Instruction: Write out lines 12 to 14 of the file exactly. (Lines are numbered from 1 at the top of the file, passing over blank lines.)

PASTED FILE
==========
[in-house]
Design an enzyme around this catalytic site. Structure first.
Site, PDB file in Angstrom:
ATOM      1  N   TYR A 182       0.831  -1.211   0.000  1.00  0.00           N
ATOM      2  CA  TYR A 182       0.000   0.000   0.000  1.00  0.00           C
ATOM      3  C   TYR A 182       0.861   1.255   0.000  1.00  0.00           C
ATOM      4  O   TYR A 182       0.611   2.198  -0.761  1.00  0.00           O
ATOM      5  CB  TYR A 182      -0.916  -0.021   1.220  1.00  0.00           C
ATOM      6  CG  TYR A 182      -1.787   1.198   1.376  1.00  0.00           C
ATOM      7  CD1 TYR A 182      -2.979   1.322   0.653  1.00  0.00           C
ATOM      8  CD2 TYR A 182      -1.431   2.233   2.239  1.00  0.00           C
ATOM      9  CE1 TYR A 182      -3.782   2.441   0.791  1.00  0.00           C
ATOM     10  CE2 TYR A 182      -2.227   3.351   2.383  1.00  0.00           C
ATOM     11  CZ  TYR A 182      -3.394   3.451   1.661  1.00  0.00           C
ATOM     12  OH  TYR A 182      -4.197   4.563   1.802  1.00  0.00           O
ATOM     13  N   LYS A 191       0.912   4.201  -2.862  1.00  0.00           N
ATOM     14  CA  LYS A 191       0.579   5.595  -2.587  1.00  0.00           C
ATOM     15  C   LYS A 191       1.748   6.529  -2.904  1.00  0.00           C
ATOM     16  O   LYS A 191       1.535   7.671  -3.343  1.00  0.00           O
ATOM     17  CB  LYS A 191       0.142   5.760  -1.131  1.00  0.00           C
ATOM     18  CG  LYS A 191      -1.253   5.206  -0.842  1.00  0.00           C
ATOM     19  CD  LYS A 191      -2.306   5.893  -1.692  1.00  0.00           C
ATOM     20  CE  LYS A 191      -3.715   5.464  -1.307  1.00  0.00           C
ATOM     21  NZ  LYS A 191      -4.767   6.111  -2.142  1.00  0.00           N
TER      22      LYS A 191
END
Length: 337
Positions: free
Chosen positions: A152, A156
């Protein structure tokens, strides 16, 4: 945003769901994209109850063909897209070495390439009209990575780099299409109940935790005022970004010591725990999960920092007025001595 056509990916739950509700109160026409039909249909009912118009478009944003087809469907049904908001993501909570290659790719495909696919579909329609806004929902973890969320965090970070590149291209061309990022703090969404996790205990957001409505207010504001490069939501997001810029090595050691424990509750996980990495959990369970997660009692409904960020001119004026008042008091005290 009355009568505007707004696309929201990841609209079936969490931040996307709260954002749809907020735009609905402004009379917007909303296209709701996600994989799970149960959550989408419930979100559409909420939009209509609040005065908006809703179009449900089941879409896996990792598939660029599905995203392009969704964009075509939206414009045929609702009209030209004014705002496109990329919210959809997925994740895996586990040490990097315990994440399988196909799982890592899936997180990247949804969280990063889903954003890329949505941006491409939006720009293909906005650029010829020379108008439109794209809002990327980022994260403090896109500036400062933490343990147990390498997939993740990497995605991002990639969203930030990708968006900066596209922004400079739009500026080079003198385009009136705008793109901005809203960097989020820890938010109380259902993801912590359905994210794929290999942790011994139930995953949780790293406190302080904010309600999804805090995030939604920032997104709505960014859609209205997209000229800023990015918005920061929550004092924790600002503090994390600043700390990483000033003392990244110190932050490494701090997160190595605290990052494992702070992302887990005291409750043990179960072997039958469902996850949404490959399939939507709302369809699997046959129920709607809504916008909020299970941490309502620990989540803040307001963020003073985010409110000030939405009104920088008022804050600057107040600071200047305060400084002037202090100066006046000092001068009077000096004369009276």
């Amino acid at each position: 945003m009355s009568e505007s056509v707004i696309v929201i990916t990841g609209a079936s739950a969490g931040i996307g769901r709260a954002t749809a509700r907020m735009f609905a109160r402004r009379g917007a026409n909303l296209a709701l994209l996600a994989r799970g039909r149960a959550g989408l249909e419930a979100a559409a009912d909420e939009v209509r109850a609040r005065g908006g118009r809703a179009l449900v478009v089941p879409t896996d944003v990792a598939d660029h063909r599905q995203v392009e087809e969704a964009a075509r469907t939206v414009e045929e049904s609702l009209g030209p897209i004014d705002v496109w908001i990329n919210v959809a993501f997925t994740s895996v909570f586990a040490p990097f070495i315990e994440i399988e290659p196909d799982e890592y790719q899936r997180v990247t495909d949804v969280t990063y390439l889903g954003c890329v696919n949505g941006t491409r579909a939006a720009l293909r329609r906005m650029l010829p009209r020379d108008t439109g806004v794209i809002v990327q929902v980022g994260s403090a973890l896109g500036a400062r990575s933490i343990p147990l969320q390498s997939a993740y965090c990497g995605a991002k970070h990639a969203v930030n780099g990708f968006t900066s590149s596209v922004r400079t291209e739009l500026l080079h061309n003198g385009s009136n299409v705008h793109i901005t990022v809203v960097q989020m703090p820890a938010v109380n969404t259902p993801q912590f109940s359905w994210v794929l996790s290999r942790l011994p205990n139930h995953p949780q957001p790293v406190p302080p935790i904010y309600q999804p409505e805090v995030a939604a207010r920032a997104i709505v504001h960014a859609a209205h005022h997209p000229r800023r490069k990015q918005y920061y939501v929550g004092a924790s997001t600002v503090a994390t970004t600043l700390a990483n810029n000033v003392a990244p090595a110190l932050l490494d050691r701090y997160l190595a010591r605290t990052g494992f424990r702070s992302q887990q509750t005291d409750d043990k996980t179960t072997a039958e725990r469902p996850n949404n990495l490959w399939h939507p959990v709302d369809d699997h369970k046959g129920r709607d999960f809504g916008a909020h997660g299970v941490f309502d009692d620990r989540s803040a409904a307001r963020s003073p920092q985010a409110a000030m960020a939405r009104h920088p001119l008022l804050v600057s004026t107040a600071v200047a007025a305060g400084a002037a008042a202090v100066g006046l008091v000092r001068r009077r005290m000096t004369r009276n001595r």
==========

ATOM      9  CE1 TYR A 182      -3.782   2.441   0.791  1.00  0.00           C
ATOM     10  CE2 TYR A 182      -2.227   3.351   2.383  1.00  0.00           C
ATOM     11  CZ  TYR A 182      -3.394   3.451   1.661  1.00  0.00           C